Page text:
Foreign Secretary Boris Johnson resigned on Monday, following former Brexit minister David Davis out of the cabinet just days after Prime Minister Theresa May secured a hard-won agreement from senior ministers on an EU exit strategy.
"This afternoon, the prime minister accepted the resignation of Boris Johnson as Foreign Secretary. His replacement will be announced shortly. The prime minister thanks Boris for his work," an emailed statement from May's office said.
Johnson was the most high-profile member of May's cabinet and was one of the leaders of the Leave campaign. His departure will be seen as a bitter blow for the prime minister, who had hoped to bring her feuding cabinet together in support of her Brexit plan, which has yet to be agreed by the European Union.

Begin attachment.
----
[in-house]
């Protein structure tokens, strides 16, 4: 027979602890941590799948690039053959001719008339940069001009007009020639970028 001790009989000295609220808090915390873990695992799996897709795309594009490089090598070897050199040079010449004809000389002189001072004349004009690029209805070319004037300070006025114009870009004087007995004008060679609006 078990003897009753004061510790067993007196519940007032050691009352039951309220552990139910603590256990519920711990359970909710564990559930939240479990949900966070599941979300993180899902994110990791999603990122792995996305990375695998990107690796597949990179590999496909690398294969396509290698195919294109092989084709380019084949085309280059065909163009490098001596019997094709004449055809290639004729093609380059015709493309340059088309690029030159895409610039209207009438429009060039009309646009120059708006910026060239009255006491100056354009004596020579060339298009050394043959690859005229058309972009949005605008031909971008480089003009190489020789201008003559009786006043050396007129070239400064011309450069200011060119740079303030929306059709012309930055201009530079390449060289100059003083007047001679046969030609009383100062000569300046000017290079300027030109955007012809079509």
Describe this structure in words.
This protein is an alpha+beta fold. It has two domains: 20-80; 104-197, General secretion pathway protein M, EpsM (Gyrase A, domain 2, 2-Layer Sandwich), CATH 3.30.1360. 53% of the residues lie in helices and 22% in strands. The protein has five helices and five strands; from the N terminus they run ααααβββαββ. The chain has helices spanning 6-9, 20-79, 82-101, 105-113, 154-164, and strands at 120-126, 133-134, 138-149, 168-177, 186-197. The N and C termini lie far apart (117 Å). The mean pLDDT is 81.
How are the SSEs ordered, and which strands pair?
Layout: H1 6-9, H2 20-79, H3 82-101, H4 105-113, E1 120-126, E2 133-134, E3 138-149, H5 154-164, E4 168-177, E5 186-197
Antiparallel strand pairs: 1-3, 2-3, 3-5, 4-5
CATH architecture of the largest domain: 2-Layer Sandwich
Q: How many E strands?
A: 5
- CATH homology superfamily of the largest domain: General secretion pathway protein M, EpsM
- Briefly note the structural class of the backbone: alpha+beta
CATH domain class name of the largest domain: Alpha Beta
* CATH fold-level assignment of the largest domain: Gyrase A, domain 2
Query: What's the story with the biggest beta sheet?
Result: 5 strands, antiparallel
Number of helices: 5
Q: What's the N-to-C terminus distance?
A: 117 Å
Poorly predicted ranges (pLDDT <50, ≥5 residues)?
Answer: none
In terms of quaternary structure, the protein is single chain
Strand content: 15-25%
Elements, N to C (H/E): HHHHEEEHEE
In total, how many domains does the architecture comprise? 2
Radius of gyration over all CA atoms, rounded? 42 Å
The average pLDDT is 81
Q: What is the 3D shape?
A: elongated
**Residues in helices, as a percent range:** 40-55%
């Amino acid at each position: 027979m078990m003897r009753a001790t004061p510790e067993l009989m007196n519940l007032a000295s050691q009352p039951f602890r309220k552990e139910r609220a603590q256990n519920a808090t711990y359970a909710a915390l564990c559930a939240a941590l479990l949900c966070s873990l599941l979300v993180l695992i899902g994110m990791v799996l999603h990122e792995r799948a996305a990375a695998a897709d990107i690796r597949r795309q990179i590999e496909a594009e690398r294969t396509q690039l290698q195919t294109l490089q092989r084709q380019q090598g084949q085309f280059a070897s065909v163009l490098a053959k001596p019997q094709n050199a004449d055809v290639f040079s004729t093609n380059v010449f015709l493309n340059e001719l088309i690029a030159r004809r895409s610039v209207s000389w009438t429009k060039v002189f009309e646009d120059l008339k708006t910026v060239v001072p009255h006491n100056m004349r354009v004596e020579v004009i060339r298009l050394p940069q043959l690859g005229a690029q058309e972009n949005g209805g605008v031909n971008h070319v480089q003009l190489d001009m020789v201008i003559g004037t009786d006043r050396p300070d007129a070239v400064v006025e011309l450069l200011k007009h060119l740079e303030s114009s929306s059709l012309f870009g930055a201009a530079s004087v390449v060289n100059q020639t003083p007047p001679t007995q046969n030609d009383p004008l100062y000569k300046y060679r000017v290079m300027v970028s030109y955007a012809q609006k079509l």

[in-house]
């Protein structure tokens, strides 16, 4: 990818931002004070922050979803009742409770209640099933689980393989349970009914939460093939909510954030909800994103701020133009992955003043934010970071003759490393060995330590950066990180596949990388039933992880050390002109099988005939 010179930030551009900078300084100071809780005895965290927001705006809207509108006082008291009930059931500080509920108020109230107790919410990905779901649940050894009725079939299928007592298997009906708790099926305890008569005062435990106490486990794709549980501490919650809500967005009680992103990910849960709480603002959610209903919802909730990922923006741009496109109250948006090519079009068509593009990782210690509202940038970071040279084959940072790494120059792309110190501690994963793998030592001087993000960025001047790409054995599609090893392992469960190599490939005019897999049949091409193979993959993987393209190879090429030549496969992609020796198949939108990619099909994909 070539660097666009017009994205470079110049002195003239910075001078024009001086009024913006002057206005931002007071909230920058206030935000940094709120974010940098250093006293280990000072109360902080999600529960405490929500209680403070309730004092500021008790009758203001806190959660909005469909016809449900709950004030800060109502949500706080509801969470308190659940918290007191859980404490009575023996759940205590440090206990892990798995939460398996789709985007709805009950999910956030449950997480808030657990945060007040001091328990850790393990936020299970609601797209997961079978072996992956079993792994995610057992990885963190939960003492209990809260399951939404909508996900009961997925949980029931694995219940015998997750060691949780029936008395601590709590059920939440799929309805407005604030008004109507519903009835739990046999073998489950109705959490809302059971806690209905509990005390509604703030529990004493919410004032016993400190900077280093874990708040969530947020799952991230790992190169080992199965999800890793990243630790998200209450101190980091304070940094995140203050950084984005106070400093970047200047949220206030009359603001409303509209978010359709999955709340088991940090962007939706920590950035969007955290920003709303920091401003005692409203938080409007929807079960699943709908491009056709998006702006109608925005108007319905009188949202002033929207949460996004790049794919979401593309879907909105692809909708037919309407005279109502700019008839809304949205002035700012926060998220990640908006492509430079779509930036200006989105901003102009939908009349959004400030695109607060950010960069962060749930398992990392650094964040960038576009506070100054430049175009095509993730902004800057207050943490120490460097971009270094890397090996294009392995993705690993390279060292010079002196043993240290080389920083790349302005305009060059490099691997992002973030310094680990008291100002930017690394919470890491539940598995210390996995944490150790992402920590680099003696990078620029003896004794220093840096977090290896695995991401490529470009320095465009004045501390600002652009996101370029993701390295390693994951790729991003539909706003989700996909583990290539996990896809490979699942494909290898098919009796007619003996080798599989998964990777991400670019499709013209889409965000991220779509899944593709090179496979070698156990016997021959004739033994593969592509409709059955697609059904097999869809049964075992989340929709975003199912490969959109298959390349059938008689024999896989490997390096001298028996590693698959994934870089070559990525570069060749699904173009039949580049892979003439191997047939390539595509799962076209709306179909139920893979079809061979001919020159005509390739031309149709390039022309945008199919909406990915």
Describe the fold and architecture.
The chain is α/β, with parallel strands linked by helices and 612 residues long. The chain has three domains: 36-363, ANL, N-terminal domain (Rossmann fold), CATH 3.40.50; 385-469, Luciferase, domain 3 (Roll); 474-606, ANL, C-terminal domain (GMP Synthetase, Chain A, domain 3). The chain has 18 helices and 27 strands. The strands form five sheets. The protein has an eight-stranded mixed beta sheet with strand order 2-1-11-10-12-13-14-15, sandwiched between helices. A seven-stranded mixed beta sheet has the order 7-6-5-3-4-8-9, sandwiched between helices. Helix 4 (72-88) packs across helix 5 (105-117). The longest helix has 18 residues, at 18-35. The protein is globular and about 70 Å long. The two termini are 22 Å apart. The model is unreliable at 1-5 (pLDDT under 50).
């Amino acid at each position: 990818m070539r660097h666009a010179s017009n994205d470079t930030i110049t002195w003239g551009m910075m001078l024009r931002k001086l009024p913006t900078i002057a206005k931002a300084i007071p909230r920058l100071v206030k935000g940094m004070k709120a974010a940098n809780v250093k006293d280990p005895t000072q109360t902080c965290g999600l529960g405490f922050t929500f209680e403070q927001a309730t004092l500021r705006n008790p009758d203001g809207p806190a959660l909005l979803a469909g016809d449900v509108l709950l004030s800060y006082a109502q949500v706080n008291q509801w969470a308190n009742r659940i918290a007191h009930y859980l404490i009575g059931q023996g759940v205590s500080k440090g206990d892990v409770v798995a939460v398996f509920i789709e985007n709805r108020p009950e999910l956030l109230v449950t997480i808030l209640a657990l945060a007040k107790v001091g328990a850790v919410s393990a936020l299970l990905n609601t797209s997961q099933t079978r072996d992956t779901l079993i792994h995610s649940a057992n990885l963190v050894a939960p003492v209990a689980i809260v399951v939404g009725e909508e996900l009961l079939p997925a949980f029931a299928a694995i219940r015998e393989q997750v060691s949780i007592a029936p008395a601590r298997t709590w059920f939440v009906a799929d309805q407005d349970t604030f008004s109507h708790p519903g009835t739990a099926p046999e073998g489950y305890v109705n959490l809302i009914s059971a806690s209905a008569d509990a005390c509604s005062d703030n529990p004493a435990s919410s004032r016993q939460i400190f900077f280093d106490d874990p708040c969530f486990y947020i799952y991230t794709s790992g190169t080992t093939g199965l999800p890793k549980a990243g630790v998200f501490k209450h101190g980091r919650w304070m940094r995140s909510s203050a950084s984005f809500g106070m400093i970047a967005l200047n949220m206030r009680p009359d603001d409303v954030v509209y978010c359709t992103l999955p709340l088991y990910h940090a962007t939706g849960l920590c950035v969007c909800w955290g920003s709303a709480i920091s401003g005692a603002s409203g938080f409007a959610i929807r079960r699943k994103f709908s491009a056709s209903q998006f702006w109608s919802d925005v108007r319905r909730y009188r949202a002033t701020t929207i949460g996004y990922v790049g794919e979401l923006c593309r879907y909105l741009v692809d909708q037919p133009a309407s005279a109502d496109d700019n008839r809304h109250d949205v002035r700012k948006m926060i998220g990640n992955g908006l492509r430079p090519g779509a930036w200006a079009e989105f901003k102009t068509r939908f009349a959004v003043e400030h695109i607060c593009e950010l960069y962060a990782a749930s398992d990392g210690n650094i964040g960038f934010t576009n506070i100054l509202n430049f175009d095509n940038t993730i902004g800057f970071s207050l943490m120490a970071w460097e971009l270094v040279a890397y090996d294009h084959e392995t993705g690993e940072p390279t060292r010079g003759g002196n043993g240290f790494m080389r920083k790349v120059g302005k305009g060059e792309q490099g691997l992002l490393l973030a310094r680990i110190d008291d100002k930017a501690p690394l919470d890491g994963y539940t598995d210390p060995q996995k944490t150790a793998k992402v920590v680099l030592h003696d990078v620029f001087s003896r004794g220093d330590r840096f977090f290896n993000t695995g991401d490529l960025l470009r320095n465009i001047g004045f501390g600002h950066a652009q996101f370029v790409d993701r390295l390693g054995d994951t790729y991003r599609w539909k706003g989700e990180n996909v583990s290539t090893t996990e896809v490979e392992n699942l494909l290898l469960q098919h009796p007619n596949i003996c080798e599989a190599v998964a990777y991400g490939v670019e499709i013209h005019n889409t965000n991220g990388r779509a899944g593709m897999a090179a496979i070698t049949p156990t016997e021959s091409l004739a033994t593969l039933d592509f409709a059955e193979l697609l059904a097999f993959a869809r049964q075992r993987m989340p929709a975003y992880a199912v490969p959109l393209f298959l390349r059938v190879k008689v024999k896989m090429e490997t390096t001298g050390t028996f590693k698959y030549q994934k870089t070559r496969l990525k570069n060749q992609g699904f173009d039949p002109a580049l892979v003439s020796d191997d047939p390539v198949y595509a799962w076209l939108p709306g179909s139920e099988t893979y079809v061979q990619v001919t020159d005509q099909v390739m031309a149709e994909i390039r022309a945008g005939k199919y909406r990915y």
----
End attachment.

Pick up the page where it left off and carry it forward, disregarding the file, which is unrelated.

Speculation that he or other disgruntled Leave campaigners unhappy with her handling of the negotiations might trigger a leadership challenge is already rising. However, no senior Tories are thought likely to be eager for another general election that could hand power to Jeremy Corbyn's Labour Party.
Former Tory chairman Grant Shapps told the BBC it was the wrong time for a leadership contest and he hoped it would not happen.
He said a contest would take three months and 'we physically do not have the time for that' before the UK is due to leave the EU.